My wife got me my first Kindle about a year after it first came out; I replaced it about a year or so ago with a newer version, the Kindle Paperwhite. I also have the Kindle apps on my computers (both my desktop and a Microsoft Surface Pro 3) and on my cellphone (Samsung Galaxy 5). My wife has a Kindle Fire, my oldest daughter has a Kindle Fire HDX, and also has the app on her Samsung Galaxy Note 4; my middle daughter has her own Kindle Paperwhite and youngest daughter uses the Kindle app on her Apple iPad mini.

Our house is filled with traditional books: my home office is lined floor to ceiling, on all four walls, with bookcases crammed with books. One entire wall of the living room, floor to ceiling is also a bookcase, also crammed with books. We easily have more than 3000 volumes in my house; the shelves are overflowing.

Since getting the Kindle, I don’t buy as many traditional books; instead, I prefer to get the ebooks. The same can be said of newspapers and magazines. If there is an electronic version available, that’s what I choose. It’s very simple and very practicle: ebooks don’t take up shelf space I don’t have, and magazines and newspapers, if they are e-versions, don’t pile up or need to be disposed of or stored.

Some people tell me that the like the feel of books, their smell. I like such things too. However, when I’m reading, I’m not thinking about how a book looks or smells or feels. I’m reading: I’m lost in the story, lost in the narrative, lost in gaining the information—depending on what I’m reading, whether fiction, nonfiction, or poetry. When I’m reading, I don’t care what the words are stored on: paper, e-ink, or phosphors.

I’m a theologian and a Bible scholar. I’ve been reading the Bible through, cover to cover, on an annual basis since I was 16. I use a program on my computer now, specifically Logos Bible Works (version 6, now); I wouldn’t want to use the Bible any other way. I can access and study it more exhaustively and faster using a computer than I ever could doing it with traditional books. The program includes reference materials: multiple translations, the Greek, Hebrew and Aramaic texts, commentaries, dictionaries, and the like so that I can quickly and easily study. I spend a fraction of the time I otherwise would just looking things up and have more time now for the actual reading and studying. And instead of having to write out a text when I want to quote it I can now just cut and paste it. Writing the books I have on the Bible went much quicker just because of being able to cut and past passage instead of having to type them all out by hand.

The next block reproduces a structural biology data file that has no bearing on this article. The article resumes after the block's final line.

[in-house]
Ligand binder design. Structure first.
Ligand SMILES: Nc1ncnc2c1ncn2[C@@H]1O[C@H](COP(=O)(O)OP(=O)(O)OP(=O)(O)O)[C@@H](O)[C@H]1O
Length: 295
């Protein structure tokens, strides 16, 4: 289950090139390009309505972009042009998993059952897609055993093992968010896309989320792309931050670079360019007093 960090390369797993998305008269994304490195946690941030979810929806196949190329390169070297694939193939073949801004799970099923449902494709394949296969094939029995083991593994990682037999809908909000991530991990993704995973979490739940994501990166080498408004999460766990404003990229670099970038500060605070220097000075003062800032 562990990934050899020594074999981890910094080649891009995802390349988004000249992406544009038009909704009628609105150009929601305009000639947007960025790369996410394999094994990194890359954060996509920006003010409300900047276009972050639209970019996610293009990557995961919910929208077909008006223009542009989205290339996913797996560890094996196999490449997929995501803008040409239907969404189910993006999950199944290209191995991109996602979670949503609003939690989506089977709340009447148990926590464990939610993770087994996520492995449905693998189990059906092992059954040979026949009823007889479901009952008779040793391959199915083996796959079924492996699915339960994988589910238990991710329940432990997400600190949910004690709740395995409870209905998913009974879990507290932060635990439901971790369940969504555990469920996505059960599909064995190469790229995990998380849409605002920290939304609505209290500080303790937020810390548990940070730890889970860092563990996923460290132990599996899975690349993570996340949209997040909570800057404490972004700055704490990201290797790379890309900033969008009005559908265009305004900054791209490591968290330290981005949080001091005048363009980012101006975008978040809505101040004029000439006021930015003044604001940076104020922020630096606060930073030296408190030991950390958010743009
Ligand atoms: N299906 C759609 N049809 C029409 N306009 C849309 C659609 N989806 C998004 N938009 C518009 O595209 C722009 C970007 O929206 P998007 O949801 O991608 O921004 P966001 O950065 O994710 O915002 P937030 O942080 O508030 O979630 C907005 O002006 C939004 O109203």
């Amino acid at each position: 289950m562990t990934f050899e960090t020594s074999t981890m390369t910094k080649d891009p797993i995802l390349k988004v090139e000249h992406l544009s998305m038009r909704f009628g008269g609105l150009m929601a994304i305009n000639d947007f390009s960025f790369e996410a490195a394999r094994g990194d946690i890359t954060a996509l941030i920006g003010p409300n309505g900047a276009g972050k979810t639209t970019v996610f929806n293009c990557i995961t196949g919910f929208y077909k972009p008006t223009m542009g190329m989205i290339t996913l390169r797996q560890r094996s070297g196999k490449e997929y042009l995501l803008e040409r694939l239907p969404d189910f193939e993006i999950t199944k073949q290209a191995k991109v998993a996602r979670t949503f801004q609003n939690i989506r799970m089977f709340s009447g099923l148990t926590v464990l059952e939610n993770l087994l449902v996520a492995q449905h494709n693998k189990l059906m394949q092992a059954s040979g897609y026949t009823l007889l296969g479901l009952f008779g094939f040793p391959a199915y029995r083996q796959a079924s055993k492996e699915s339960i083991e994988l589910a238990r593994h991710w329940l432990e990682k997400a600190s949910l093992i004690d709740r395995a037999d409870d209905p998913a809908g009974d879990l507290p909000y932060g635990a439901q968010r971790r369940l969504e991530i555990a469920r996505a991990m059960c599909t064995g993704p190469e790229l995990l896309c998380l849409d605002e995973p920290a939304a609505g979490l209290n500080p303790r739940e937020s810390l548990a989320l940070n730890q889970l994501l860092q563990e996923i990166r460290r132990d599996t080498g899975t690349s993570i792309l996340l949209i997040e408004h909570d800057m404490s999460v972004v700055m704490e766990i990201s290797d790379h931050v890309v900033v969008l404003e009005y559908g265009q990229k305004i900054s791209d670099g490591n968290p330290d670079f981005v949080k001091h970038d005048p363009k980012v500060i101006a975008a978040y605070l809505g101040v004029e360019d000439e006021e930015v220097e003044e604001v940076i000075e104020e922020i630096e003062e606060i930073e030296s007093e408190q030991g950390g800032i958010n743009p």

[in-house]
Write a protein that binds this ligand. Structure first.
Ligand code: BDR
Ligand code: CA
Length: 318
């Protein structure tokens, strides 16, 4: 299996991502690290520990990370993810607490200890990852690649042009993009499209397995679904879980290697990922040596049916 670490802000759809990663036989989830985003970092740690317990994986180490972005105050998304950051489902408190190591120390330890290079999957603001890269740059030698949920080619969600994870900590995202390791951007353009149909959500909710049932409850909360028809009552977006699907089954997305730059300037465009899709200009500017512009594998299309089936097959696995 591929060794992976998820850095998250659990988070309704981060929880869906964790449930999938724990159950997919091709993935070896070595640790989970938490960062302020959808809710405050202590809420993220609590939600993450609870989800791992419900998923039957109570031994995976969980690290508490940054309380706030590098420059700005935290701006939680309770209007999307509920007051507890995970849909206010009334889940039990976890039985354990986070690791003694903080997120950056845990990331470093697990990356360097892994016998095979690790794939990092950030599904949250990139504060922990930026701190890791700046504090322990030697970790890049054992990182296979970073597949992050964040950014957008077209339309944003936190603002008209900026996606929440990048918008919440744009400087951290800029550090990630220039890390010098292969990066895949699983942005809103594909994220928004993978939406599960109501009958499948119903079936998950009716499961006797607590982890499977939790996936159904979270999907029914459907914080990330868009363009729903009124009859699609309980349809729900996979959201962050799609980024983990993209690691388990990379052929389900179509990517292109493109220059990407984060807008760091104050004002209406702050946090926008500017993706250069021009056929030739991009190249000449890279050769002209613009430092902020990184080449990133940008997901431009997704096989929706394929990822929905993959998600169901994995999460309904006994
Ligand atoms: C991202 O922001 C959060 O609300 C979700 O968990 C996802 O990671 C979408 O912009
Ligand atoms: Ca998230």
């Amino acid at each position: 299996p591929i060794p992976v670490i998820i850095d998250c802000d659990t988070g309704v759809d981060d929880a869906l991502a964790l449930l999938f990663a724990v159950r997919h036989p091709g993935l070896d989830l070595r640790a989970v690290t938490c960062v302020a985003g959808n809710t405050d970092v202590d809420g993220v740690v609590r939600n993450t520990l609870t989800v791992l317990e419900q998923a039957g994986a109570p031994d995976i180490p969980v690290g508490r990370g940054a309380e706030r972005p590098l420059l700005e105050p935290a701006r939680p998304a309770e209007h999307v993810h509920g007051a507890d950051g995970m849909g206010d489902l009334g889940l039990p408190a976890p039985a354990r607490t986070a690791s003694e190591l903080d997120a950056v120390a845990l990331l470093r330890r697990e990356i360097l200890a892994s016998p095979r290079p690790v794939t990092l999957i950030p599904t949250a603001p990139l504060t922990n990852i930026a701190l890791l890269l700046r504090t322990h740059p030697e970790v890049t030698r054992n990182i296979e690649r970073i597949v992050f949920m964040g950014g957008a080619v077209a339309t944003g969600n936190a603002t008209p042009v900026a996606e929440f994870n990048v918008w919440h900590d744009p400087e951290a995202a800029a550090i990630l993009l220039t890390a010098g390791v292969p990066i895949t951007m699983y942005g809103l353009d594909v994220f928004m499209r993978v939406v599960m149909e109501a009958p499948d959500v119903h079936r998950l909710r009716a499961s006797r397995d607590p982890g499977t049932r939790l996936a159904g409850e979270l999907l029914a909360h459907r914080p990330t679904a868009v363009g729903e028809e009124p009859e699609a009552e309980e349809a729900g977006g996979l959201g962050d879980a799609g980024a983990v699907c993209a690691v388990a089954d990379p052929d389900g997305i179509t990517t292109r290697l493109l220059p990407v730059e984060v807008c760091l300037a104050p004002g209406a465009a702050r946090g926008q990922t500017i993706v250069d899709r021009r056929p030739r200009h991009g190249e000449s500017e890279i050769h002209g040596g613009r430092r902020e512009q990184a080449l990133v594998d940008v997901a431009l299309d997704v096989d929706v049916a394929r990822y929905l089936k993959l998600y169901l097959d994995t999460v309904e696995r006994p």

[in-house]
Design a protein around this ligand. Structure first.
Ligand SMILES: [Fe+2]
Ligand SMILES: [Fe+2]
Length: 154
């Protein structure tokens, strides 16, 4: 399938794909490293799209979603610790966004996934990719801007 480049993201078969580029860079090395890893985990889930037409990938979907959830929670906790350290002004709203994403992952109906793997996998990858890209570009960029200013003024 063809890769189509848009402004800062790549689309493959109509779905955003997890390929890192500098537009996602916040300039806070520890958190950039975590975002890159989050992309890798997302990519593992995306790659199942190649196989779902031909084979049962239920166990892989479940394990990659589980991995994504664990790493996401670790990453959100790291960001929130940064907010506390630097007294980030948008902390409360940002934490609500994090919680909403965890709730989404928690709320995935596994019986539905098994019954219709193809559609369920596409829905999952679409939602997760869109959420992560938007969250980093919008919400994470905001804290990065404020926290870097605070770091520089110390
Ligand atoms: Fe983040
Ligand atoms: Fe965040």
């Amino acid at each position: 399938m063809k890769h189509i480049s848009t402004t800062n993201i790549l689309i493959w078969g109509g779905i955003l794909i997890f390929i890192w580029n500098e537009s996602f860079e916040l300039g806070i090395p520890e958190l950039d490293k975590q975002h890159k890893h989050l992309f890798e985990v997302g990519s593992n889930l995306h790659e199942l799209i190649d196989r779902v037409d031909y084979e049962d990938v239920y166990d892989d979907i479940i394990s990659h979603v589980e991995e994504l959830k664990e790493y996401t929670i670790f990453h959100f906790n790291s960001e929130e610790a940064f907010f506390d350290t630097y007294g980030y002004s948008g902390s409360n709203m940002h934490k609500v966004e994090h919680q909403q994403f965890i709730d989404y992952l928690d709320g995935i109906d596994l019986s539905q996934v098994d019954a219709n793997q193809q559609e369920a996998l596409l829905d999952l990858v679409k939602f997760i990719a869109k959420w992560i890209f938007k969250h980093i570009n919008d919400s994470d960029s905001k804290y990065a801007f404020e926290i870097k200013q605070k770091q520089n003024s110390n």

So, yes, ebooks are “green”: they don’t use dead trees, no trees gave up their lives for them. But what matters to me is the ease and time savings, the convenience and the storage savings—and beyond that, even the books themselves are cheaper: classic texts, works that are now in the public domain, are free! They cost nothing: that beats even the cost of books in a used book store. And newer books are inevitably cheaper than they would be even as paperbacks, let alone the hard cover editions. And rather than making a trip to a library or book store and then maybe having to wait for them to order what I want, I can get anything instantly, withing 60 seconds, on my Kindle. No physical bookstore has the inventory that Amazon has. I’m always disappointed when I discover that a book is not available in an e-version.

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About R.P. Nettelhorst

I'm married with three daughters. I live in southern California and I'm a deacon at Quartz Hill Community Church. I spent a couple of summers while I was in college working on a kibbutz in Israel. In 2004, I was a volunteer with the Ansari X-Prize at the winning launches of SpaceShipOne. Member of Society of Biblical Literature, American Academy of Religion, and The Authors Guild
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